Andrew Bynum's exit irks Mike Brown

Updated: March 21, 2012, 3:07 PM ET
By Dave McMenamin | ESPNLosAngeles.com

HOUSTON -- The scene that came to symbolize the Los Angeles Lakers' playoff demise against the Dallas Mavericks was replayed at the end of the third quarter in the Lakers' eventual 107-104 loss to the Houston Rockets on Tuesday: Andrew Bynum stalked off the court after being ejected.

Bynum kept his shirt on this time around but did fit in the extracurricular activity of high-fiving a row of fans sitting courtside next to the Lakers' bench before a team security guard had to grab Bynum by the back of his jersey and guide him toward the locker room.

"I was irritated," Lakers coach Mike Brown said of Bynum picking up his second technical foul of the game with 1:10 remaining in the third quarter, resulting in his disqualification.

Bynum was whistled for his first technical foul with 7:34 remaining in the first quarter. Bynum argued with an official that he should have received a foul call for being hit on the arm on a missed shot when Rockets center Samuel Dalembert was credited with a block.

Bynum's second tech came while lined up at the foul line for two Marcus Camby free throws that came after a Bynum offensive foul on the opposite end put the Rockets on the line. Bynum said something to referee Monty McCutchen before McCutchen tossed him.

"He's got to figure out what he wants to do," Brown said. "You got to ask him what his response was to the ref when he had the interaction with the ref, but we need him on the floor. He, nor anybody else right now, can put themselves in jeopardy -- even if it was unjustified or not. That's not what I'm saying here. Nobody can put themselves in jeopardy to get themselves removed from the ballgame."

Bynum passed a pack of reporters on his way to the bus after the game and did not stop to speak about the ejection.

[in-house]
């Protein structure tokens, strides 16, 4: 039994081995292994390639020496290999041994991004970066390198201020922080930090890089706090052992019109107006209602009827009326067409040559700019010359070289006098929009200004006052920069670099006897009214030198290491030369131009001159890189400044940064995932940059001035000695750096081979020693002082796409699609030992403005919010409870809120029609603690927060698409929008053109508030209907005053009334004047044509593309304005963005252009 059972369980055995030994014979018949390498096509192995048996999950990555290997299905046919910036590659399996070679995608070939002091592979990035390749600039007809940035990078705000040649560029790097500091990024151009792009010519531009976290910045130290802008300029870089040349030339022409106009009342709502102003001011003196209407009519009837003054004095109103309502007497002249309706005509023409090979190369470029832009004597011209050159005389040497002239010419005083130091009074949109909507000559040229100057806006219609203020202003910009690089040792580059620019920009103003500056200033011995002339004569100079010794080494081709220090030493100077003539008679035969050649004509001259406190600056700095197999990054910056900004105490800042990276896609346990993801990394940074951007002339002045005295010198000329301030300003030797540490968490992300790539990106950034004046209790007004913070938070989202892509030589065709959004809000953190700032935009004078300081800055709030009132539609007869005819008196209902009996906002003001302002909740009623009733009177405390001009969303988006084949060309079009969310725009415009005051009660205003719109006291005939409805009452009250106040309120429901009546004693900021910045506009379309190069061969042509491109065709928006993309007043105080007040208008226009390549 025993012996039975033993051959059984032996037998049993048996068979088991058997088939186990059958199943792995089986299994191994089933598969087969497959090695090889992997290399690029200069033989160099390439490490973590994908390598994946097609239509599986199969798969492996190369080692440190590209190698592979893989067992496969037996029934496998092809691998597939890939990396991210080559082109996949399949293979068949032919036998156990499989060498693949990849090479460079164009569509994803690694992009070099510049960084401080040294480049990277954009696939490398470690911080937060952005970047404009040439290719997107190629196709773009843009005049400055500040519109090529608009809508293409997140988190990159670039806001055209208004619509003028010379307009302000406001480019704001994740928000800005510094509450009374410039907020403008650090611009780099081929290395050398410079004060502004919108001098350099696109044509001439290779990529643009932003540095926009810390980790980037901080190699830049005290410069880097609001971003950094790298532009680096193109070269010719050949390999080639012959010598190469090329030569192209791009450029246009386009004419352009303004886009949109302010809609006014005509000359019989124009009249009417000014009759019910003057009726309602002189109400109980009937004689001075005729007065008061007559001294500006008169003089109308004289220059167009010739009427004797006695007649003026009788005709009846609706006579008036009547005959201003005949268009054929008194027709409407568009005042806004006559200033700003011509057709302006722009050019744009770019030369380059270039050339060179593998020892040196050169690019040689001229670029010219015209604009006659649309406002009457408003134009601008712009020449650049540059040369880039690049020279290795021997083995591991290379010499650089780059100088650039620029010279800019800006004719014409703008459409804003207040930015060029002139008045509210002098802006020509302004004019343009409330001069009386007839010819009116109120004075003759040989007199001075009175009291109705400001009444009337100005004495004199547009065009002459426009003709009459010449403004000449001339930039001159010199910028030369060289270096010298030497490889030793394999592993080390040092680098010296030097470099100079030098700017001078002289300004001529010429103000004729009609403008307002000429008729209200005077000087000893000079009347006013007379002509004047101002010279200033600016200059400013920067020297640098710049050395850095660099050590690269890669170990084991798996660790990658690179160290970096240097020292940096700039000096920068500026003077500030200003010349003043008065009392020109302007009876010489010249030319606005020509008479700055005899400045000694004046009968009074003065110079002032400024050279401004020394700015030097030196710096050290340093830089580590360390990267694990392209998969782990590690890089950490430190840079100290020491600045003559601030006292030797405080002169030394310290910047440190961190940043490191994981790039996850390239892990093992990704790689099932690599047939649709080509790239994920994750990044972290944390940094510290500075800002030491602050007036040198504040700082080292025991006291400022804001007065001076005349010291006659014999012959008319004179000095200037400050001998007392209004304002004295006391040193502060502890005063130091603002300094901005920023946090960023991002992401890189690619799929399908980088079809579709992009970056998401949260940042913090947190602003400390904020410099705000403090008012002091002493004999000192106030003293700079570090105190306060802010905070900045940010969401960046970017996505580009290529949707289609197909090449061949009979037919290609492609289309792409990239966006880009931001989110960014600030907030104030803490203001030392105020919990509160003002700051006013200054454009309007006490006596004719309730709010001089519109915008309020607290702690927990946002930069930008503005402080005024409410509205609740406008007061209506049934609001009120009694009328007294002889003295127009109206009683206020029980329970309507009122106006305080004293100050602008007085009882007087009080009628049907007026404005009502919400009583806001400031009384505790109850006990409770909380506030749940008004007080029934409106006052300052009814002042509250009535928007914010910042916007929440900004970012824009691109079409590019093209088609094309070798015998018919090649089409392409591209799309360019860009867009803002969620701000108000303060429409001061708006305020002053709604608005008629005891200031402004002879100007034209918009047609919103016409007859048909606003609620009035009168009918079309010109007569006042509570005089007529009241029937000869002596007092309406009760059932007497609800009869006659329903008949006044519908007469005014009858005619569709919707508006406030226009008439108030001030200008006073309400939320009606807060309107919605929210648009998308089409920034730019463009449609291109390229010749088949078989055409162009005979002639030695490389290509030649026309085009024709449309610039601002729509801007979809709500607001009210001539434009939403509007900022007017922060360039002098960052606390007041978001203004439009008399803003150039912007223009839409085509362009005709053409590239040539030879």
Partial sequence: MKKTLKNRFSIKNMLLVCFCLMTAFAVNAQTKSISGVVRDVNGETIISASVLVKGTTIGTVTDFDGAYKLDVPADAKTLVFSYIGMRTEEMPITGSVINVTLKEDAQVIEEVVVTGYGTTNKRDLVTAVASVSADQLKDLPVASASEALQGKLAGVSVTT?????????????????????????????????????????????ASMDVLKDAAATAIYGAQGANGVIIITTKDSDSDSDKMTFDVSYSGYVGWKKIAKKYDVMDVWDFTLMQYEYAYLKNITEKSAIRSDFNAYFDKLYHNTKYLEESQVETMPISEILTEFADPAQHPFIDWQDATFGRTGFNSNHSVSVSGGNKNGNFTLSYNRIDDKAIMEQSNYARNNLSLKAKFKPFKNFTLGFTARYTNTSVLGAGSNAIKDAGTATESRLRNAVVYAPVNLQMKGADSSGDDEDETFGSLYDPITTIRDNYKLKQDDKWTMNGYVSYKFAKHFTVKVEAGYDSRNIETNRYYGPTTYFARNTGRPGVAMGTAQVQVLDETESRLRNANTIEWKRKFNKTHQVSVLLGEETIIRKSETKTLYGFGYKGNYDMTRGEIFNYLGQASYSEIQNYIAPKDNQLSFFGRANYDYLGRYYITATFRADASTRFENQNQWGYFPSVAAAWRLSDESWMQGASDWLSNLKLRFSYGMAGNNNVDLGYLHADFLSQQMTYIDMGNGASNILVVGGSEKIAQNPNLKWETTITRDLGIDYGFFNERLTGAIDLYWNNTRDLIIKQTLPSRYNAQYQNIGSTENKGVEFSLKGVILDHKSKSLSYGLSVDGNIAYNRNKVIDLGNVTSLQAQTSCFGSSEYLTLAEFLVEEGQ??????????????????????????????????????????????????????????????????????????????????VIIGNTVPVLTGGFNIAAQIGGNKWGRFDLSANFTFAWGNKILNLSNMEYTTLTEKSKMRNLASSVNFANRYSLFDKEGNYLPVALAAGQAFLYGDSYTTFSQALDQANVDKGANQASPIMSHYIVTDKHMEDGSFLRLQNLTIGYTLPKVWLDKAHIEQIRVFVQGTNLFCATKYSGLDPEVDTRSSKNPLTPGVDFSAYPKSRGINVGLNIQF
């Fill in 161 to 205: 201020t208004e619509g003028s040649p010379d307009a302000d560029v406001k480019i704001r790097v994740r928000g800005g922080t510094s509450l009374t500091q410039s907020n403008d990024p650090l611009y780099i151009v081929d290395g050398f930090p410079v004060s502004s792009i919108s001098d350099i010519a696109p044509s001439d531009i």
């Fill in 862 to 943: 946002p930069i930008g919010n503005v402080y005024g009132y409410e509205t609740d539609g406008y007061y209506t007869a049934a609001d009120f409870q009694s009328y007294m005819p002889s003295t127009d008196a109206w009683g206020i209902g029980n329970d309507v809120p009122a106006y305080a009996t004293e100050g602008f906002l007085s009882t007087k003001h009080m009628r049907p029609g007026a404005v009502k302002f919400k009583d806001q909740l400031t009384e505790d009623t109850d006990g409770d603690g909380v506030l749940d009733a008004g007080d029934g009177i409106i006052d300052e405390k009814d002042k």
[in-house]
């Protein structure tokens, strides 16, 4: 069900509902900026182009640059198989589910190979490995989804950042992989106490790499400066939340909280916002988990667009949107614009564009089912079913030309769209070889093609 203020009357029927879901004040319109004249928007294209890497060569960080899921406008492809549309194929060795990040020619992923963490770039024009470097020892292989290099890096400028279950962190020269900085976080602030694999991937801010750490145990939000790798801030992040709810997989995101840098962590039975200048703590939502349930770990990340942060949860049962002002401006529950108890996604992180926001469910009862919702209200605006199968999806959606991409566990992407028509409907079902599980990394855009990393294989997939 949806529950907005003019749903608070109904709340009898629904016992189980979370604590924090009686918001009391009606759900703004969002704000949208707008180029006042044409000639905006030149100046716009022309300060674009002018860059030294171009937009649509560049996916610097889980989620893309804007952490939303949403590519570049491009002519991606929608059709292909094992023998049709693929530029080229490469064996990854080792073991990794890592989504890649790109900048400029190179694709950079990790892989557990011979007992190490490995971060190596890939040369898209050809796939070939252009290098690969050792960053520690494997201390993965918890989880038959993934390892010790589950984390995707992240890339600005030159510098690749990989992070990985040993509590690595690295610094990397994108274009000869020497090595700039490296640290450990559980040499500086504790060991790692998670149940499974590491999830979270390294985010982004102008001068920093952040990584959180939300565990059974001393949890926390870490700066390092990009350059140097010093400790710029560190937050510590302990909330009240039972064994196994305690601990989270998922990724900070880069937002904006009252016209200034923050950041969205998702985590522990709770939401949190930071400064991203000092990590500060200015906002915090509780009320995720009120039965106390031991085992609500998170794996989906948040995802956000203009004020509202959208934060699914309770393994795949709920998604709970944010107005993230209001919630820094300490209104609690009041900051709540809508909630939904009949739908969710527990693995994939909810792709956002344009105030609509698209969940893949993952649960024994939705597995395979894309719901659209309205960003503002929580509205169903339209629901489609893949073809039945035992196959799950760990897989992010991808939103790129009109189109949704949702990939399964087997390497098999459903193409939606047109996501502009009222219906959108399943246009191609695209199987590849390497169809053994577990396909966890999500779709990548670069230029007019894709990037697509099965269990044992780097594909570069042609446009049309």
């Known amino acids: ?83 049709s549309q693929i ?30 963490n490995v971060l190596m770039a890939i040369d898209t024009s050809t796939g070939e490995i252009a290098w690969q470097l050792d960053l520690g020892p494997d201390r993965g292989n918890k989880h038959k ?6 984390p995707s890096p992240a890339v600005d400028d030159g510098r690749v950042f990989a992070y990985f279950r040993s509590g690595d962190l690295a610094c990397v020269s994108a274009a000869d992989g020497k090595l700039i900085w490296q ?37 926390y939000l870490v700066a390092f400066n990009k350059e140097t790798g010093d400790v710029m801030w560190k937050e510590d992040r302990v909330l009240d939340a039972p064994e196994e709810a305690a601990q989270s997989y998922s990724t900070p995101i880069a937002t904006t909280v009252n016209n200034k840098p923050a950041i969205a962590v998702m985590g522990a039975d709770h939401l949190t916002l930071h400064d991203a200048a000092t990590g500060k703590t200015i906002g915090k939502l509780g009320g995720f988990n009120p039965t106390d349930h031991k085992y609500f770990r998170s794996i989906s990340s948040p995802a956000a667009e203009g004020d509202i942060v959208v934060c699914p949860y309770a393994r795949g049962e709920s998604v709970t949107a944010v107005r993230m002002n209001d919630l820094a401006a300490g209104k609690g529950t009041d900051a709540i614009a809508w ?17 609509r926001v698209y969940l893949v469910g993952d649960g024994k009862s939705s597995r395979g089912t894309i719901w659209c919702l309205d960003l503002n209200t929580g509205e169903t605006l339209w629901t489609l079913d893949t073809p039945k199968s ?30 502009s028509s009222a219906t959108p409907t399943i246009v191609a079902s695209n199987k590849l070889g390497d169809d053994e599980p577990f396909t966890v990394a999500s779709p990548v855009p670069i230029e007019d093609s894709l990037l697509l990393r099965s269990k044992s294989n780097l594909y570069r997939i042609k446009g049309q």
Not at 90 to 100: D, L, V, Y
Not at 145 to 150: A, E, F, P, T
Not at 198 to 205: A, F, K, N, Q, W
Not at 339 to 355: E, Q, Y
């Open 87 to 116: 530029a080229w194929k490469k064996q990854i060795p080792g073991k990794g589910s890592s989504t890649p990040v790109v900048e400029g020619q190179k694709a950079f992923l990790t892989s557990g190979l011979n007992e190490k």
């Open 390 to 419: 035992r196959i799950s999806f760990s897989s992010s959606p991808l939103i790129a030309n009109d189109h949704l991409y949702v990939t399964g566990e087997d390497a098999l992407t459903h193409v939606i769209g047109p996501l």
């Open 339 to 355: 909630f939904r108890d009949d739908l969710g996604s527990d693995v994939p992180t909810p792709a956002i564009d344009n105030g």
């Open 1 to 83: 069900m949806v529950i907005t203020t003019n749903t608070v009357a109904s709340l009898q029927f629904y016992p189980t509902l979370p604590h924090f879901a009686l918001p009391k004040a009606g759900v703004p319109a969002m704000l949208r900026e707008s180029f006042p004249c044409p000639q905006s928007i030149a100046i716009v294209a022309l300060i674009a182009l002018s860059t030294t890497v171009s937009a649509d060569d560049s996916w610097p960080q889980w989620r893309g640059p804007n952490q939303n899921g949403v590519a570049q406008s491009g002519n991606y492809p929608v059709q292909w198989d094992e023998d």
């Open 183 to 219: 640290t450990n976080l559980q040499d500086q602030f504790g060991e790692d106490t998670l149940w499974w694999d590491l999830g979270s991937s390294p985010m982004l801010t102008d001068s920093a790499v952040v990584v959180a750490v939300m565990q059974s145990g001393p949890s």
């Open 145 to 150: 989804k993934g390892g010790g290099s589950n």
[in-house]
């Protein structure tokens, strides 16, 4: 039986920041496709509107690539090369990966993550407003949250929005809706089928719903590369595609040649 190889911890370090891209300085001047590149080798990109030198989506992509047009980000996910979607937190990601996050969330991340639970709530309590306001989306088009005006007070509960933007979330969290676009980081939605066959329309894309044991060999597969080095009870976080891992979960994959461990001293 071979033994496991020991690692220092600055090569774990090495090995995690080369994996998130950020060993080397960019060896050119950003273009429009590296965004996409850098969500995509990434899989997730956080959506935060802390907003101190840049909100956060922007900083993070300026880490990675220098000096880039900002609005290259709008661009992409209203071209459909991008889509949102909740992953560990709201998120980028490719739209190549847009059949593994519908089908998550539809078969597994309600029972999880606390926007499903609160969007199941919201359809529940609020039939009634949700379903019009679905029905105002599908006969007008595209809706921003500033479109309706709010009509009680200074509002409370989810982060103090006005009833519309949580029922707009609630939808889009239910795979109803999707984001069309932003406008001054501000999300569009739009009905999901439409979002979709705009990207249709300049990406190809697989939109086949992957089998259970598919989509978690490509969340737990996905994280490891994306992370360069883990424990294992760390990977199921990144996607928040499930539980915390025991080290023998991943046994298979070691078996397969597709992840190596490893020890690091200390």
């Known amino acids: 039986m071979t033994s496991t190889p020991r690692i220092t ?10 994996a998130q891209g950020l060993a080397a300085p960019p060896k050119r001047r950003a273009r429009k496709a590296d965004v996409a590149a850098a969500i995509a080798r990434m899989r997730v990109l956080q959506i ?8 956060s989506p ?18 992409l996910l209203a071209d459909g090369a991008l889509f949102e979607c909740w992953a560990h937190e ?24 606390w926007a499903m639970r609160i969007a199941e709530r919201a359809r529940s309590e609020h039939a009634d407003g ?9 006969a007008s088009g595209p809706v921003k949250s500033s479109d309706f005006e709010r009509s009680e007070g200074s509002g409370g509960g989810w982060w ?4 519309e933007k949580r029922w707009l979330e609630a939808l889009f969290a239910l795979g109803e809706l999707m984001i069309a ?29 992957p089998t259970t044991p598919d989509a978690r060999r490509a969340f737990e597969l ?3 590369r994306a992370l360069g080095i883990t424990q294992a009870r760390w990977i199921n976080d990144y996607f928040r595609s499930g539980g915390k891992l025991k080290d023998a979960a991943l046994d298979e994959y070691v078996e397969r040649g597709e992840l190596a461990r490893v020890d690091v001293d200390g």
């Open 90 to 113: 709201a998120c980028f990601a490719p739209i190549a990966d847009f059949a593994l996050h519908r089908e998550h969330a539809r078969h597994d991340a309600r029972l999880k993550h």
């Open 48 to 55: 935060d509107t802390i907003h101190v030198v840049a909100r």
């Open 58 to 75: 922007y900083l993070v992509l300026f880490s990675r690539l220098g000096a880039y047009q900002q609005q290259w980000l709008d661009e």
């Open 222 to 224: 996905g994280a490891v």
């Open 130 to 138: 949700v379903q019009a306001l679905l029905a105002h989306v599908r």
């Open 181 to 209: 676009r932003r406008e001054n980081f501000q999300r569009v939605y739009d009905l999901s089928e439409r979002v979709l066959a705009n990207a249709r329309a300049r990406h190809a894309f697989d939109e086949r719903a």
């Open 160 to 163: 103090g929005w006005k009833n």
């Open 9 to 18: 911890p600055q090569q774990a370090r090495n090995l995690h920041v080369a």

"I'll answer all questions tomorrow," Bynum said as he quickly made his way through a set of double doors.

Brown said he was told by an official what Bynum said to cause the second technical foul but would not divulge the explanation to the assembled media.

"I'm not going to tell you," Brown said. "If he said what the official said, then I guess [it was warranted]. That's up to the official. That type of stuff is subjective."

The Lakers led by six at the time of Bynum's ejection. The reigning Western Conference player of the week exited the game with 16 points, seven rebounds and two blocks in 23 minutes. Without Bynum available, the Lakers were outscored 34-25 in the fourth quarter and outrebounded 15-7.

As for Bynum's detour to slap some fans' hands instead of following a direct route to the locker room, Brown seemed nonplussed.

"The league can take care of that," Brown said. "If he wants to do that, that's on him. I have no problem with it."

Brown said that to his knowledge, Bynum did not apologize to his teammates for his actions. Not that Bynum's teammates sounded like they expected an apology after the game.

"It happens," Metta World Peace said. "I wasn't really disappointed. I didn't really know what happened, so I couldn't really judge him at that point."

World Peace pointed out that L.A. was able to push its lead to 12 with 6:41 remaining in the fourth without Bynum on the court, basically absolving Bynum of the blame for the loss.

Much like he did last season when he said Bynum "earned his stripes" following a hit on Minnesota's Michael Beasley that resulted in a two-game suspension for the young center, Kobe Bryant defended Bynum's actions following the loss to Houston.

"It's a part of the game," Bryant said. "One of his big strengths is the chip on his shoulder that he plays with, so you can't expect him to have that one night and then knock him for it the next. I don't know what he said or anything like that, but I like the chip that he plays with."

Dave McMenamin covers the Lakers for ESPNLosAngeles.com.

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